A trend?

We’ve still not seen a huge amount of deepfaked ad campaigns. That could be about to change.

Chmir is “confident that face-shifting will soon become commonplace in advertising and film projects”. She’s staked her entire business on that theory, after all.

For markets like the Russian one, it opens up new opportunities. Firstly, any human who’s been captured in an image since the 1800s could theoretically be brought to life using these techniques.

Of course, the quality of the inputs greatly affects the quality of the final product – even VHS-quality footage can complicate matters, as the agency learned when it resurrected a 70s hero. “In that instance, we could see the pain in the eyes of the director, who had to adapt his idea to the limitations of technology.”

And the tricks of the trade are becoming ever more apparent.

Keep the lighting simple and clear, and don’t partially obscure the face or have it jerk around or change profile needlessly. From every angle, hundreds of hours of processing power is needed to generate it. The engineers understand the limitations, but are excited by the potential too. “Our challenge is to overcome these barriers so that the production team has complete freedom for creativity,” promises Chmir.

She also sees the potential of using the technology in force majeure instances, such as the sudden illness of the actor, or an emergency accident.

This campaign de-aged Willis significantly, inspiring Chmir to wonder if some actors will favor artificial intelligence filters over the cosmetic scalpel.

There are more applications. Imagine the pilot of a series has already been shot, but the producer recasts the main character. Head generation can save the situation inexpensively. In Zack Snyder’s City of the Dead, Tig Notara was green-screened in at great expense to replace comedian Chris D’Elia. Deepfake technology could theoretically reduce these costs with a simple head swap.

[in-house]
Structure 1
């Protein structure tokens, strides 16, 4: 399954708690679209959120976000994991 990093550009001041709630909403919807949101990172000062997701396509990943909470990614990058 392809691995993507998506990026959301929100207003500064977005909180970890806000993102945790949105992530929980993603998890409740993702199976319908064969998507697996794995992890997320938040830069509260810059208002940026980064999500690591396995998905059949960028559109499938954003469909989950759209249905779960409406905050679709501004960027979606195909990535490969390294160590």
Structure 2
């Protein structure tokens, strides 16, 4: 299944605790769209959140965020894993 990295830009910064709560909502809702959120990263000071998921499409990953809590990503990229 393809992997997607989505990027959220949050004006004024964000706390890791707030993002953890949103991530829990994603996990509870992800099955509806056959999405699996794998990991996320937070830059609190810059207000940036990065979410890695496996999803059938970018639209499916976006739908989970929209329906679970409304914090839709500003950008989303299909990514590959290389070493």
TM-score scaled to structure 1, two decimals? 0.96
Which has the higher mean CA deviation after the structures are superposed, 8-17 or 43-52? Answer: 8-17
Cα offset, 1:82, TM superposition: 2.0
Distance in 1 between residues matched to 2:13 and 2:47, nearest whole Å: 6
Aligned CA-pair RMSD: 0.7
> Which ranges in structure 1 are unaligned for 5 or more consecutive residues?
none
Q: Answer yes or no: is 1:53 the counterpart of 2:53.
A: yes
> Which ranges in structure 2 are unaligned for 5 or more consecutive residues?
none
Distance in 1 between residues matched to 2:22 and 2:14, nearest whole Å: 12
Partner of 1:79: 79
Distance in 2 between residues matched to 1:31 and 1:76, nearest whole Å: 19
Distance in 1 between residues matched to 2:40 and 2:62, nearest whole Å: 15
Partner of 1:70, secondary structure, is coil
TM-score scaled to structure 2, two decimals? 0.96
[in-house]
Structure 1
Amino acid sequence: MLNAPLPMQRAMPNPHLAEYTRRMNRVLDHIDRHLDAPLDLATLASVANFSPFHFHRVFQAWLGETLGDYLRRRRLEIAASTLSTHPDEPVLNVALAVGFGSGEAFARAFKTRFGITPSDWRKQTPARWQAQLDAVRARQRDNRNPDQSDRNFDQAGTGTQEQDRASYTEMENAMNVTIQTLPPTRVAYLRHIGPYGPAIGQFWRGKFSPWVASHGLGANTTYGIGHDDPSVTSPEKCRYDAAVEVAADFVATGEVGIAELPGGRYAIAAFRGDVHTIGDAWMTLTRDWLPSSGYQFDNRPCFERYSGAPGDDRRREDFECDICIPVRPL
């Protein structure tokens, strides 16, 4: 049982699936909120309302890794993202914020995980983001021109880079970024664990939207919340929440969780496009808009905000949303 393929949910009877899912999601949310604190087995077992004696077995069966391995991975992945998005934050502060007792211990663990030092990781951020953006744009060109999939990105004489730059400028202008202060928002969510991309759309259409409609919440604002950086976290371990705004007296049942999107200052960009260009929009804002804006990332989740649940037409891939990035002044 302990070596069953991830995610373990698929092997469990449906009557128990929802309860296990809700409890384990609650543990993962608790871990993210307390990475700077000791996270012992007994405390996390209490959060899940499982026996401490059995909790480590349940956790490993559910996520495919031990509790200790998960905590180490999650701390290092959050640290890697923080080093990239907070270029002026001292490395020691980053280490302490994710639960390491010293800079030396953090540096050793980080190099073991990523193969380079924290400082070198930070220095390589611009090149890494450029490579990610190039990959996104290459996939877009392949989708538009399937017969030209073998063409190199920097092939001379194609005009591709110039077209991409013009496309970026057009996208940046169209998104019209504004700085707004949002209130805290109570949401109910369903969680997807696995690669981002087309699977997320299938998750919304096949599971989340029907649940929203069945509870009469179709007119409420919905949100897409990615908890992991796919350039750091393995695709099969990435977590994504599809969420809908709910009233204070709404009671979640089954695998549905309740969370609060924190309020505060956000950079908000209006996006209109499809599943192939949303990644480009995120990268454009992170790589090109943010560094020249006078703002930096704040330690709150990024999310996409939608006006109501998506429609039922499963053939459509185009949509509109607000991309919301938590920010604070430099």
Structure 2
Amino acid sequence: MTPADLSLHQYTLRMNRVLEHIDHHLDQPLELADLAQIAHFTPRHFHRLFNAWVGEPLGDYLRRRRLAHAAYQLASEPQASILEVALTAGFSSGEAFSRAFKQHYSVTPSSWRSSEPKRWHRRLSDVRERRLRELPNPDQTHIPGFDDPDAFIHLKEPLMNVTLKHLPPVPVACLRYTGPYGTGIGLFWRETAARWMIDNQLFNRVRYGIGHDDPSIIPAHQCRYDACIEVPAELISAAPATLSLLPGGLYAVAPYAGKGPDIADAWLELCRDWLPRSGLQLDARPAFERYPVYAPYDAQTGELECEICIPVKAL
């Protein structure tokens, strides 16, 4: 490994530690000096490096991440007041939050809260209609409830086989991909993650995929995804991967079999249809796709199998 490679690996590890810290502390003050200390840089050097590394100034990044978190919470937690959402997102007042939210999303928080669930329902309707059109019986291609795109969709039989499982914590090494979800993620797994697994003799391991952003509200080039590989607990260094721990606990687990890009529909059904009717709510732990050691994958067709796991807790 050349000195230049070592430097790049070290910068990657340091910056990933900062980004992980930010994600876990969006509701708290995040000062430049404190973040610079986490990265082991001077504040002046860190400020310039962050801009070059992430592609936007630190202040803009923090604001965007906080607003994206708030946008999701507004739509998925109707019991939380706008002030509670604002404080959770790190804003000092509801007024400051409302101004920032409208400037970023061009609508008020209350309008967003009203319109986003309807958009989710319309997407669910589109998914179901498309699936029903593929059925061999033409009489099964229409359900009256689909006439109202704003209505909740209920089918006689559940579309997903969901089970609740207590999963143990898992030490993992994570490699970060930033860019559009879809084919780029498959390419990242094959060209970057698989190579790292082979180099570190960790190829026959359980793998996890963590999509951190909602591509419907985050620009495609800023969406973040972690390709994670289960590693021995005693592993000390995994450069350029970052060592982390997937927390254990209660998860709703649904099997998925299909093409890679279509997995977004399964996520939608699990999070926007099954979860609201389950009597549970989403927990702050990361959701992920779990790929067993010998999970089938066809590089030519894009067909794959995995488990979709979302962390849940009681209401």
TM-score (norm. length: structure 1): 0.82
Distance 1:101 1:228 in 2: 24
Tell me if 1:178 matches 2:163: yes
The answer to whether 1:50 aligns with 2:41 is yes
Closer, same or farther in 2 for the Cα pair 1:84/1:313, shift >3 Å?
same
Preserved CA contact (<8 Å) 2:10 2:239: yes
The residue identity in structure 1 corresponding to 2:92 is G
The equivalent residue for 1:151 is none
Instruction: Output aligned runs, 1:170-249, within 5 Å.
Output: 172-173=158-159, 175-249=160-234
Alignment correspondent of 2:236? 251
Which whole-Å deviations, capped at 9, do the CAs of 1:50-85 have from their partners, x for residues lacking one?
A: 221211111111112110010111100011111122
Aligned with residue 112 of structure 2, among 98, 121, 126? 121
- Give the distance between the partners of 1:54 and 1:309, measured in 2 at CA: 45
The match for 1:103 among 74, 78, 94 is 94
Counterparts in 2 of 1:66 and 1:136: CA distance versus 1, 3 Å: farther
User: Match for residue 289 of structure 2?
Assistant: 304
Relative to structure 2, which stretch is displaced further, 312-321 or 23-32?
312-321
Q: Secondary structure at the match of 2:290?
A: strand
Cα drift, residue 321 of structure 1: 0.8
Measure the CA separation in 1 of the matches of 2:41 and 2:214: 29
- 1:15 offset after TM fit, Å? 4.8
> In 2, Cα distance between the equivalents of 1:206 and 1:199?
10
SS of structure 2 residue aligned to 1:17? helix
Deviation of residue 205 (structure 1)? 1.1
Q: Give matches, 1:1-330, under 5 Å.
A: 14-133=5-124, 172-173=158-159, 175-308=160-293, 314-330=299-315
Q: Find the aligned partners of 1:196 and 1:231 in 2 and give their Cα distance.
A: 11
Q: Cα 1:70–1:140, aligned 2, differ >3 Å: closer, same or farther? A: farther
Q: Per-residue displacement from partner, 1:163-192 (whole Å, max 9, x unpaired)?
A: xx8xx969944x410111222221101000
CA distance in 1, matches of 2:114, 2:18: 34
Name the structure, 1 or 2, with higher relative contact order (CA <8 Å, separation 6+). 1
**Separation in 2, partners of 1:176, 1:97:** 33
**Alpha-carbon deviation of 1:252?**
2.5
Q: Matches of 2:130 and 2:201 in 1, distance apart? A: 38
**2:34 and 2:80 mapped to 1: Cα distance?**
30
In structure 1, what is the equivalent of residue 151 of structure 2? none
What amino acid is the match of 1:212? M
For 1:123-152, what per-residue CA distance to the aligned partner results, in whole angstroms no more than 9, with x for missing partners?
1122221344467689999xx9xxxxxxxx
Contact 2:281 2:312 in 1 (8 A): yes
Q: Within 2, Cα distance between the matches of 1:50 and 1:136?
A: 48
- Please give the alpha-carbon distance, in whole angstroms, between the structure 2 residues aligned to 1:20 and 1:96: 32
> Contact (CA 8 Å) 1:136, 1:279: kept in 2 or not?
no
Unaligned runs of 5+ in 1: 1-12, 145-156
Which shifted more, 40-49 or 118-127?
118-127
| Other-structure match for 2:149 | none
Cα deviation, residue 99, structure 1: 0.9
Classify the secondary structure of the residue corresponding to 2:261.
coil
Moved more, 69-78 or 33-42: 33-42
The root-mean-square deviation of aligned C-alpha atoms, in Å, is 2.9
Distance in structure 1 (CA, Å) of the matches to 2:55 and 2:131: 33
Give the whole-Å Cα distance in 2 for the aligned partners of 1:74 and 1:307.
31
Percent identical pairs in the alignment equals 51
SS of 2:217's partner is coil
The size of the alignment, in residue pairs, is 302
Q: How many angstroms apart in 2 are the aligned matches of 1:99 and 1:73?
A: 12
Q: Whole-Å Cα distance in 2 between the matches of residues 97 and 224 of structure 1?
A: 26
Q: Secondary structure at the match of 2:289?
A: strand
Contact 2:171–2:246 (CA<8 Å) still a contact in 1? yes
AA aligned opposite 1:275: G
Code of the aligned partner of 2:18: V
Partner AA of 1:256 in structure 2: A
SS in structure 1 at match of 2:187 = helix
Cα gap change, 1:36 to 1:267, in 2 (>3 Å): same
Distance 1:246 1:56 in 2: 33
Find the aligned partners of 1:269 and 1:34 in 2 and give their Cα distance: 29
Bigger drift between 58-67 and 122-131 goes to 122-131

And finally, everyone knows that Tom Cruise likes to film his own stunts. Insurance liability is a huge reason why he runs his own production company, as some studios wouldn't take on his risk. Chmir says: “Tom Cruise is insured for $30m a movie. If an understudy (although I understand that Tom is a risk taker) with an exact facial AI-replica of the actor will do all the stunts instead, the producers can save a great deal of money.”

She doesn’t believe that deepfakes are a “fad that will pass... it is an effective tool to optimize content production, which will evolve and become firmly in the hands of professionals”.

Why brands should consider generative tech

What Chmir calls generative tech creates “completely new opportunities for directors, casting managers and producers”.

It’s “cheaper, faster and often more realistic” to deliver a project than using CGI – especially when bringing a human character (back) to life. “Even the best SFX can’t always manage this. In the beautiful The Irishman, the senior actors were de-aged in many scenes but they often still had the bodies and mannerisms of older people.”

There are practical applications too. Pepsi used the tech to have football star Lionel Messi greet fans in tens of languages. Expect to see the technology used to lip-sync actors’ mouths to audio. “This is the age of the new, automatic content localization without translators and understudies. With full lip-and-speech synchronization.”

One day, the Russians may get to enjoy a seamless “Yippee-ki-yay motherfucker!” from Willis, synced seamlessly in the mother tongue due to this technology.